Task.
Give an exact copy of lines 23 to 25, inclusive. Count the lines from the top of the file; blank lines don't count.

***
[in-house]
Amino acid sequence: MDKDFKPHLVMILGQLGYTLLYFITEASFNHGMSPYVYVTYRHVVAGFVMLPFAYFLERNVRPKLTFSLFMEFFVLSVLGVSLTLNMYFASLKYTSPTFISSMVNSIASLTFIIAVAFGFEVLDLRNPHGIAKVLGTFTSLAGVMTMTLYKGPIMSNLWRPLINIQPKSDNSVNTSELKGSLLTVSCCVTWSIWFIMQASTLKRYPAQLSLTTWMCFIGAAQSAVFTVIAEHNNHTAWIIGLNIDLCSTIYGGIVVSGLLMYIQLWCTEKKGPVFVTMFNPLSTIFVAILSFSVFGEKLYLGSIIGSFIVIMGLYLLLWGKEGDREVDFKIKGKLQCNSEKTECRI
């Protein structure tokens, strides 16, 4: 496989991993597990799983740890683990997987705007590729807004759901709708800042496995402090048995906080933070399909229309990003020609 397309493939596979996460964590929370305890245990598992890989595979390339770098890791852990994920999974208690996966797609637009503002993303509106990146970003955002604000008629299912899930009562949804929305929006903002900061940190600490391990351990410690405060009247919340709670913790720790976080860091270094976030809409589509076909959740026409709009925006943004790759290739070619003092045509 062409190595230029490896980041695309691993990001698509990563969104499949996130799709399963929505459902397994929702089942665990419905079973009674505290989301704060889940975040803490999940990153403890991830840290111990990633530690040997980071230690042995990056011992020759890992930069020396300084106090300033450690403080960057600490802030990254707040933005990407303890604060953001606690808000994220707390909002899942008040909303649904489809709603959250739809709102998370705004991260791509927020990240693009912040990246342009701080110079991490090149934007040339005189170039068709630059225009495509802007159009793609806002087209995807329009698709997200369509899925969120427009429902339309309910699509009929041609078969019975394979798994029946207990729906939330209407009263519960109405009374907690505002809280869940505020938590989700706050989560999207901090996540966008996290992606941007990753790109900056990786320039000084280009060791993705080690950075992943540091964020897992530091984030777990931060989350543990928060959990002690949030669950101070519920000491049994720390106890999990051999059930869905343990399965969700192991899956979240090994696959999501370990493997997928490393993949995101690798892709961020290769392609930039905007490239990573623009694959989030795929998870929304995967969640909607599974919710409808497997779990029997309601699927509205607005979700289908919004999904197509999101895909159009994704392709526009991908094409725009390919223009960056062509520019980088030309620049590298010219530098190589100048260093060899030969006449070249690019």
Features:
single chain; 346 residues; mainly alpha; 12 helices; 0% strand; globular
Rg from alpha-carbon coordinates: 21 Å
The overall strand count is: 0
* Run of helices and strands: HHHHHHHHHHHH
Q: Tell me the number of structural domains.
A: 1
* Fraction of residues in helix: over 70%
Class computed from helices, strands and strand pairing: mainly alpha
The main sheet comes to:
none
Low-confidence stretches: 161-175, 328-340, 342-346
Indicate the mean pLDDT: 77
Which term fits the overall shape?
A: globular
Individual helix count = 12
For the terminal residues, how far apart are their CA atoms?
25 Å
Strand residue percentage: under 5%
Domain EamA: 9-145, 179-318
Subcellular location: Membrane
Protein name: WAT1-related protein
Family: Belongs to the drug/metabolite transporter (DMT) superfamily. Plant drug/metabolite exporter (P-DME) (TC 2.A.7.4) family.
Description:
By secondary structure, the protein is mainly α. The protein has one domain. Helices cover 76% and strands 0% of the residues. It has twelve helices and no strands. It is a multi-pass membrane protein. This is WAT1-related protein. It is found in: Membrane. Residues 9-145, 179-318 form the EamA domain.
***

Domain EamA: 9-145, 179-318
Subcellular location: Membrane
Protein name: WAT1-related protein